A Helping Hand
Elinor Jones discusses the use of AI in the search for new antibiotics
Whilst COVID-19 is posing a highly dangerous and very current threat, a long-term healthcare crisis, often overlooked in mainstream media, has been developing in recent years: antibiotic resistance.
Antibiotic resistance, where the overuse of drugs such as penicillin causes deadly bacteria to grow despite toxic compounds aiming to kill them, was and still should be claimed as the greatest challenge of the twenty-first century , resulting in over sixty thousand deaths in England between 2017 and 2018. Compounds previously used to treat bacterial infections have become risky, with routine hospital admissions running risk of infection development that cannot be controlled by antibiotics currently in circulation.
The mid-twentieth century saw a honeymoon period for antibiotic development, with more and more compounds being identified and more infections stopped. This honeymoon period has long been over, but has made room for the emergence of a new era in medical research- the age of artificial intelligence. Scientists in the US have identified potentially life-saving antibiotics using an algorithm that can spot useful compounds much faster than human scientists, analysing one hundred million potential molecules in days. The algorithm, written by scientists at the Massachusetts Institute of Technology (MIT), was developed to seek out antibiotic compounds that kill bacteria using different mechanisms to those already on the market, hoping to flatten the curve on deaths caused by antibiotic resistance.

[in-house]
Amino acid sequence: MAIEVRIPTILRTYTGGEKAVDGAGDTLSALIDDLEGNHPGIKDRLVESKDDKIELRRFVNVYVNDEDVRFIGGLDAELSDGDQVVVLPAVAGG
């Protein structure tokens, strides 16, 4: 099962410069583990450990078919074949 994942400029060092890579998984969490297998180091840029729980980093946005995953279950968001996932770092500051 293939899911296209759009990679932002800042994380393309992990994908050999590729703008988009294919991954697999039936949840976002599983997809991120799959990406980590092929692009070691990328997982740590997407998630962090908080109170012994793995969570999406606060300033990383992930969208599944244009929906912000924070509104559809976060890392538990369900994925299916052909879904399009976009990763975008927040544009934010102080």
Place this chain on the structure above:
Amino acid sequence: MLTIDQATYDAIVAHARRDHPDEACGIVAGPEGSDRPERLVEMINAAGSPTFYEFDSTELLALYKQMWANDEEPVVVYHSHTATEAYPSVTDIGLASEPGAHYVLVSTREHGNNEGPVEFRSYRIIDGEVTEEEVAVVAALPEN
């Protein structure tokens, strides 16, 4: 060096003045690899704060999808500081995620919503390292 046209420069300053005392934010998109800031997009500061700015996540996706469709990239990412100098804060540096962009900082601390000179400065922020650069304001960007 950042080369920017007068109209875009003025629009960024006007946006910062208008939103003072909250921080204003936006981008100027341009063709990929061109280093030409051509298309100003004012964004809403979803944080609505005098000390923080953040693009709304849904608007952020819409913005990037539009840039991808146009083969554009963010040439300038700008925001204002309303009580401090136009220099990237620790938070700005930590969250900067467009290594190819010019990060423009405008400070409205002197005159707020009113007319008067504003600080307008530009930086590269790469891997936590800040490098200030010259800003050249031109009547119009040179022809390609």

“The mid-twentieth century saw a honeymoon period for antibiotic development”
This algorithm, which helped identify a compound that could be used to kill up to thirty-five types of bacterial infection (some deadly) would not, however, replace the need for human scientists. In fact, decision-making usually made by the human brain inspired the algorithm , with the ability to be trained to spot compounds with the highest effectiveness against E. coli. Once candidates were identified, scientists at MIT performed physical testing on the compounds to test the feasibility of these drugs as antibiotics, with halicin being the most powerful from around one hundred candidates tested, although several other compounds are set to be tested for their potential antibiotic properties. If halicin is found highly effective in the lab through cell culture and rodent studies, we could see it progressing to human trials in the future.
Whilst the time taken from theorising the molecular structure of an antibiotic to performing tests in the lab has been shortened significantly, it could still be a while before we see new drugs on the market as rigorous safety and efficacy testing will be required. However, this on-going crisis is one-step closer to resolution with a little helping hand from artificial intelligence.